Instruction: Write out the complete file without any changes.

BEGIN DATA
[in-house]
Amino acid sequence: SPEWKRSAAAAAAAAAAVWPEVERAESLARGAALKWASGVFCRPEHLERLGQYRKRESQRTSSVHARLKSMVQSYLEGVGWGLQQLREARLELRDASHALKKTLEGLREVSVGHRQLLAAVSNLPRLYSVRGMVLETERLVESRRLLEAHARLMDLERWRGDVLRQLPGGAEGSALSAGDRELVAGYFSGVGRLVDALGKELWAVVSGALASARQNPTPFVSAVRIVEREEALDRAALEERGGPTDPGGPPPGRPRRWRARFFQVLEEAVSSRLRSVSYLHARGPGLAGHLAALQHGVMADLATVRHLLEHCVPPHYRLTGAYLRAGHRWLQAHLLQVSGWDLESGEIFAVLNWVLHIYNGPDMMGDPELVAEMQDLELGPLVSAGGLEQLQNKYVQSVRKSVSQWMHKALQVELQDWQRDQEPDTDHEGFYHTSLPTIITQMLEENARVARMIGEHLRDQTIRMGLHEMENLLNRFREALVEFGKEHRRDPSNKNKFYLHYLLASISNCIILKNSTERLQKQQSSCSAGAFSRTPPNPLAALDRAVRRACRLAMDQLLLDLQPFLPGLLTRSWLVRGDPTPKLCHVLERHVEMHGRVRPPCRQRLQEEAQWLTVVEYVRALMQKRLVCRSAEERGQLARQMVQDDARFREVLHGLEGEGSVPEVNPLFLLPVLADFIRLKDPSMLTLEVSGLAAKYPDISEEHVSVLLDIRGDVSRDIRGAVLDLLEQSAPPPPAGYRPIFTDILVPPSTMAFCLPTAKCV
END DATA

[in-house]
Amino acid sequence: SPEWKRSAAAAAAAAAAVWPEVERAESLARGAALKWASGVFCRPEHLERLGQYRKRESQRTSSVHARLKSMVQSYLEGVGWGLQQLREARLELRDASHALKKTLEGLREVSVGHRQLLAAVSNLPRLYSVRGMVLETERLVESRRLLEAHARLMDLERWRGDVLRQLPGGAEGSALSAGDRELVAGYFSGVGRLVDALGKELWAVVSGALASARQNPTPFVSAVRIVEREEALDRAALEERGGPTDPGGPPPGRPRRWRARFFQVLEEAVSSRLRSVSYLHARGPGLAGHLAALQHGVMADLATVRHLLEHCVPPHYRLTGAYLRAGHRWLQAHLLQVSGWDLESGEIFAVLNWVLHIYNGPDMMGDPELVAEMQDLELGPLVSAGGLEQLQNKYVQSVRKSVSQWMHKALQVELQDWQRDQEPDTDHEGFYHTSLPTIITQMLEENARVARMIGEHLRDQTIRMGLHEMENLLNRFREALVEFGKEHRRDPSNKNKFYLHYLLASISNCIILKNSTERLQKQQSSCSAGAFSRTPPNPLAALDRAVRRACRLAMDQLLLDLQPFLPGLLTRSWLVRGDPTPKLCHVLERHVEMHGRVRPPCRQRLQEEAQWLTVVEYVRALMQKRLVCRSAEERGQLARQMVQDDARFREVLHGLEGEGSVPEVNPLFLLPVLADFIRLKDPSMLTLEVSGLAAKYPDISEEHVSVLLDIRGDVSRDIRGAVLDLLEQSAPPPPAGYRPIFTDILVPPSTMAFCLPTAKCV